A History of Travel and Tourism to the Victoria Falls - www.zambezibookcompany.com
Monday, 20 April 2015
Elephant crushes big-game hunter
A young bull elephant killed professional hunter Ian Gibson early on Wednesday as he tracked a lion for an American client in a rugged part of northeastern Zimbabwe.
Gibson, 55, one of Zimbabwe’s best-known big-game hunters, died scouting
for prey in the Zambezi Valley after a young bull elephant charged, then knelt on him and crushed him.
“We don’t yet know the full details of how ‘Gibbo’, as we called him, died, as the American client and the trackers are still too traumatised to give us full details,” said Paul Smith, MD of Chifuti Safaris, which employed Gibson for the hunt.
The American hunter was on his first trip to Zimbabwe . Gibson was scouting for lions when he encountered the elephant.
Gibson’s trackers said the young bull had been in musth , which means it was producing more testosterone than usual.
“We know Gibbo shot it once, from about 10 yards away, with a .458 [rifle]. He would never have fired unless he had no alternative.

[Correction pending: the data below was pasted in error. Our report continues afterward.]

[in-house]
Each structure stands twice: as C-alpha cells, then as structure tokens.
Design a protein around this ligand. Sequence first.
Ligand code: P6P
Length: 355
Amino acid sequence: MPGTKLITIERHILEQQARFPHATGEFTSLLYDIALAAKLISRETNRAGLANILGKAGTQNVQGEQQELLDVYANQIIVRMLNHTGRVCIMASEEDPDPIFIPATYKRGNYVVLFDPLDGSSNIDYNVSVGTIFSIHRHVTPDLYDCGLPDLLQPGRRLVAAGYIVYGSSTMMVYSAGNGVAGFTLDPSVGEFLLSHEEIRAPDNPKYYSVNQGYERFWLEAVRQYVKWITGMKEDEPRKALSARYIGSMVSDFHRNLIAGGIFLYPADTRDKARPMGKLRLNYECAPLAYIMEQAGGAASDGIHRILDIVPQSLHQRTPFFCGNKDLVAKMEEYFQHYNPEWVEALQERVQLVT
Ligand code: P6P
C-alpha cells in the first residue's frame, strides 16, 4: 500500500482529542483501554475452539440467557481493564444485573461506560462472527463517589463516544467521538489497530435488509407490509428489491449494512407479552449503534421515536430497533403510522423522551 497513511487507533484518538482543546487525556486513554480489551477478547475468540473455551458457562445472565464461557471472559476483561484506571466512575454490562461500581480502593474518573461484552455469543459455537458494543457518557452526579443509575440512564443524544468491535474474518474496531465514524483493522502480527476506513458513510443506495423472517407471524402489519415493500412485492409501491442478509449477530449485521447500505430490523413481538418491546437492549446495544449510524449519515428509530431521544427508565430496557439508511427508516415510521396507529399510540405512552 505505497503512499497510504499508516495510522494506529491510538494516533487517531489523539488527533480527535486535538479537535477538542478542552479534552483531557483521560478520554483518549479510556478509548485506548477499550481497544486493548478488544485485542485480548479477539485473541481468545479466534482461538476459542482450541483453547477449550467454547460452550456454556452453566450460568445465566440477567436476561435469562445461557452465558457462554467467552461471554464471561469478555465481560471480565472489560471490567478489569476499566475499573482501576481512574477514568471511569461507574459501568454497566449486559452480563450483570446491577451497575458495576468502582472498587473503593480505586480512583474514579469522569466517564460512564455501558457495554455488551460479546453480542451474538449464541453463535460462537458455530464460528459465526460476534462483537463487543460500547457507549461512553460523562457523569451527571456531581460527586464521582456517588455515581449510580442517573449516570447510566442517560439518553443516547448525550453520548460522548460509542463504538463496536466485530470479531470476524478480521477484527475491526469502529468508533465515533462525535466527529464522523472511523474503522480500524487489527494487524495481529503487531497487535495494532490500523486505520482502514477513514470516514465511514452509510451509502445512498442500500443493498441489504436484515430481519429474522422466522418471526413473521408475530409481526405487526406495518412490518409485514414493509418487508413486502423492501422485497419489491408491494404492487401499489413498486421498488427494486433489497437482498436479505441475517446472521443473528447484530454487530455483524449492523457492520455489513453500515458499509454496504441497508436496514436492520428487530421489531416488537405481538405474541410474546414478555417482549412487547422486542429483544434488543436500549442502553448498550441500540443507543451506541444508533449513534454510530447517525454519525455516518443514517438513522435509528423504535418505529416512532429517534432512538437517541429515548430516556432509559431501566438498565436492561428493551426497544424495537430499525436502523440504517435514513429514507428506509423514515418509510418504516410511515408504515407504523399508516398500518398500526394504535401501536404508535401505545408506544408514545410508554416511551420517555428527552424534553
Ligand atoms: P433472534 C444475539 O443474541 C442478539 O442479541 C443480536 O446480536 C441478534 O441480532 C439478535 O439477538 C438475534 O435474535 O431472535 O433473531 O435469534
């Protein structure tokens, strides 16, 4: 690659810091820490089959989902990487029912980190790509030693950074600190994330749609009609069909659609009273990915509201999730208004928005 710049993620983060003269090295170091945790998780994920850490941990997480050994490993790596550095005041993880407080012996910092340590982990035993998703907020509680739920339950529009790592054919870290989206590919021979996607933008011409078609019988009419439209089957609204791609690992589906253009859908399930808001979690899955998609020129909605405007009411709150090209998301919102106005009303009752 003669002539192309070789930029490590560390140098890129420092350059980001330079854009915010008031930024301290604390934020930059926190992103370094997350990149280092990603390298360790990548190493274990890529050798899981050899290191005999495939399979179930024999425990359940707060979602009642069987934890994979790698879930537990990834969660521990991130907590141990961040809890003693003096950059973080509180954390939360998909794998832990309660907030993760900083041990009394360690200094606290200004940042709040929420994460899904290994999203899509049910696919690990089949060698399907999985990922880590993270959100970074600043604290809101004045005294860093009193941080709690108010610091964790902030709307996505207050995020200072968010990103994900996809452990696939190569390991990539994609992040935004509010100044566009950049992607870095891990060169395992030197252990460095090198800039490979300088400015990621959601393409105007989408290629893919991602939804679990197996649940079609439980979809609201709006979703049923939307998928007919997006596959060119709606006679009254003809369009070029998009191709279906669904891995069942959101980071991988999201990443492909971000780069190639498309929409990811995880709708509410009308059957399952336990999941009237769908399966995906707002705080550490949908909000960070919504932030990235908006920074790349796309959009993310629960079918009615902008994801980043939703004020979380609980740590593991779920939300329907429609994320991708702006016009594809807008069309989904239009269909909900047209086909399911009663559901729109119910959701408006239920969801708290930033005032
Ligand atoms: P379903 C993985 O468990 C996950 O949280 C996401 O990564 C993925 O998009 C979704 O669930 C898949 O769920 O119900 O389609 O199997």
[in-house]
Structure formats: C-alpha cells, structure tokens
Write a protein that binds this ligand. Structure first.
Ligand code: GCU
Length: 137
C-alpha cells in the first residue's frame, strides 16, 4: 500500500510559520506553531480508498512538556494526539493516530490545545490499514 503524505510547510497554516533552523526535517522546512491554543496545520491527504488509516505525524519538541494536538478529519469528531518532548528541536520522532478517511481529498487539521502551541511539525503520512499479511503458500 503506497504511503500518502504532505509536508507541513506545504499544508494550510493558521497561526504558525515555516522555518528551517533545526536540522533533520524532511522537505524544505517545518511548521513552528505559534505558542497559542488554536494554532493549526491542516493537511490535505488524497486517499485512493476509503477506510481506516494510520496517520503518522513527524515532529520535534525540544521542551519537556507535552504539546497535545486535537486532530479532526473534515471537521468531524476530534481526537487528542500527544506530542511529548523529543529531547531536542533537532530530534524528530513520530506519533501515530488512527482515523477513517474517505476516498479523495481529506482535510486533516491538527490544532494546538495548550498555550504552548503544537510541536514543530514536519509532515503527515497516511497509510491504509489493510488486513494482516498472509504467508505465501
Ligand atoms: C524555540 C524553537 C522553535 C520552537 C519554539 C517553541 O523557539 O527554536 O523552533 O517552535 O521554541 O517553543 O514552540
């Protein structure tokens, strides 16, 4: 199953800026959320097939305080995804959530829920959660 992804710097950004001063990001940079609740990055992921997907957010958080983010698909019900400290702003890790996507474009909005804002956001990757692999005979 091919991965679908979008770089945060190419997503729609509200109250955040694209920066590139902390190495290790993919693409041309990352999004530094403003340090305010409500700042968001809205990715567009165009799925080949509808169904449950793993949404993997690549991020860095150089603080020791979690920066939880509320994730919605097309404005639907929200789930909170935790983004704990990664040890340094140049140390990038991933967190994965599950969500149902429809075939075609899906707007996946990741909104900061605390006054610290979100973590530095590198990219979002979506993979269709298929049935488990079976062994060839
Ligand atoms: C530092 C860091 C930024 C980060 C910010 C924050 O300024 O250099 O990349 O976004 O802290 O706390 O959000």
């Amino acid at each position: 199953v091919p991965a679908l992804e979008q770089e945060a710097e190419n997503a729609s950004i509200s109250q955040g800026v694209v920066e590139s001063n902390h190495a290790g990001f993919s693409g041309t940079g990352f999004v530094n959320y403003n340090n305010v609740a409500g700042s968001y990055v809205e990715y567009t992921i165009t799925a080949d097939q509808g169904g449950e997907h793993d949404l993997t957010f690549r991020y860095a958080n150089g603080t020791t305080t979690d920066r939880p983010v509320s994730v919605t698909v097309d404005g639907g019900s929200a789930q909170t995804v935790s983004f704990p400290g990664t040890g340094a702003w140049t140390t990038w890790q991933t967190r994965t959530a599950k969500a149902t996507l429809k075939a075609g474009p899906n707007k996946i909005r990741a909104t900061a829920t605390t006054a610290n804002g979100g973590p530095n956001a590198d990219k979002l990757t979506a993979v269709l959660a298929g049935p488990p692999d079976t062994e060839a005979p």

He was a hunter, yes, but he was also a magnificent wildlife photographer and conservationist .
“He was so experienced and this is a most unexpected tragedy.”
Gibson was accompanying his client in an area known as Chiwore North in the southern part of the Zambezi Valley, which Smith said was overpopulated with elephants.
Gibson began his wildlife career in Zimbabwe’s department of national parks, but left to become a hunter about 25 years ago.
He was well known in the US; the Dallas Safari Club is paying his funeral expenses. Gibson lived in Marondera, a small town about 70km southeast of Harare. A son who works in Tanzania and two grown daughters in Harare survive him.